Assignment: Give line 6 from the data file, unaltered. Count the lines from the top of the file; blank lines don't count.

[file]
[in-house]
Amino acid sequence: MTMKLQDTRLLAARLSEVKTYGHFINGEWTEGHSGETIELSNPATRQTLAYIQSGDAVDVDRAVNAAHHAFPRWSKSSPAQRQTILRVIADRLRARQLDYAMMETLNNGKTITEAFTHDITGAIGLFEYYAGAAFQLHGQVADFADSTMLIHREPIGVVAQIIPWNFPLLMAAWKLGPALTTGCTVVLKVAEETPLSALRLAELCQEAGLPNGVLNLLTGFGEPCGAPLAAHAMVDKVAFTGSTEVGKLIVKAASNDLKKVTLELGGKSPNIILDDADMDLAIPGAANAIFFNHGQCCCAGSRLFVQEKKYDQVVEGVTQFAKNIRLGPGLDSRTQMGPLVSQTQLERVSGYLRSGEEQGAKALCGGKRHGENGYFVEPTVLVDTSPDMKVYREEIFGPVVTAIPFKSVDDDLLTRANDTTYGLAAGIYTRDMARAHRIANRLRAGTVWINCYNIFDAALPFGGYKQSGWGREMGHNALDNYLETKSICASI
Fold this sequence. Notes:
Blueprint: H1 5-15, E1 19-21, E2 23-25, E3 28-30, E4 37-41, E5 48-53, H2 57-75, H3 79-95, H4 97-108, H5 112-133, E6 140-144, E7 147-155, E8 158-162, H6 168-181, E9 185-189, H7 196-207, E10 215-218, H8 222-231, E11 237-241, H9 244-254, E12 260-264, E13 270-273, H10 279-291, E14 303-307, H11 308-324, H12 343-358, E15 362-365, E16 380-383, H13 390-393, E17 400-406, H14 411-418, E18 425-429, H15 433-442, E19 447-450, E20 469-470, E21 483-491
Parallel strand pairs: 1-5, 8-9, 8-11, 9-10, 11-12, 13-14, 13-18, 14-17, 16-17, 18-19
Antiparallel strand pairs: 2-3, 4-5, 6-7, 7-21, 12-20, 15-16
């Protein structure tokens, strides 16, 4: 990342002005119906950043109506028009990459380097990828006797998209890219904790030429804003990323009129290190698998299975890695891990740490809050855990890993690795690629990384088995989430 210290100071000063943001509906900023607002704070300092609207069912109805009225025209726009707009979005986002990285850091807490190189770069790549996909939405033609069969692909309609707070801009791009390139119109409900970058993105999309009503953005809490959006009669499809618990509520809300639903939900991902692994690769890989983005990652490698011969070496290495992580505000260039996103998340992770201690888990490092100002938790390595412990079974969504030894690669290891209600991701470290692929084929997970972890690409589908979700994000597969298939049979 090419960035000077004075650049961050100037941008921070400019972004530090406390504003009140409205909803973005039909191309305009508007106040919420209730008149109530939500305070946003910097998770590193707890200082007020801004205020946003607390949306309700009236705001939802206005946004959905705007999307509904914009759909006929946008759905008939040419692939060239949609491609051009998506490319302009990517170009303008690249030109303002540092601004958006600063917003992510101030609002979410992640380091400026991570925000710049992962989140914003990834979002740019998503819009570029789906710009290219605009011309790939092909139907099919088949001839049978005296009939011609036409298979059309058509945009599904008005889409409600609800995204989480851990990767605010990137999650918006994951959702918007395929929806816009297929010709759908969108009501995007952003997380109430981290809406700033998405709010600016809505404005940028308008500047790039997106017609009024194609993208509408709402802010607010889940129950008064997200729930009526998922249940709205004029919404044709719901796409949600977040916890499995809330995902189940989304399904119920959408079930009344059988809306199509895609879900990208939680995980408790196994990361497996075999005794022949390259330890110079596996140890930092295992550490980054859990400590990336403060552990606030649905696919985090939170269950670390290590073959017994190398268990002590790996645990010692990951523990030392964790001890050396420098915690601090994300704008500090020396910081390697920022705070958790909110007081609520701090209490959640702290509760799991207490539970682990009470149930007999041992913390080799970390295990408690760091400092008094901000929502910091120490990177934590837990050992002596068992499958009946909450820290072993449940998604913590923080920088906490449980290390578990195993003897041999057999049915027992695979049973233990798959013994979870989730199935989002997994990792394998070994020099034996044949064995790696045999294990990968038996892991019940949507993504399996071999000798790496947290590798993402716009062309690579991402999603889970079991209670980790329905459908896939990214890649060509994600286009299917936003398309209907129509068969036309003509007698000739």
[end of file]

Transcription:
Antiparallel strand pairs: 2-3, 4-5, 6-7, 7-21, 12-20, 15-16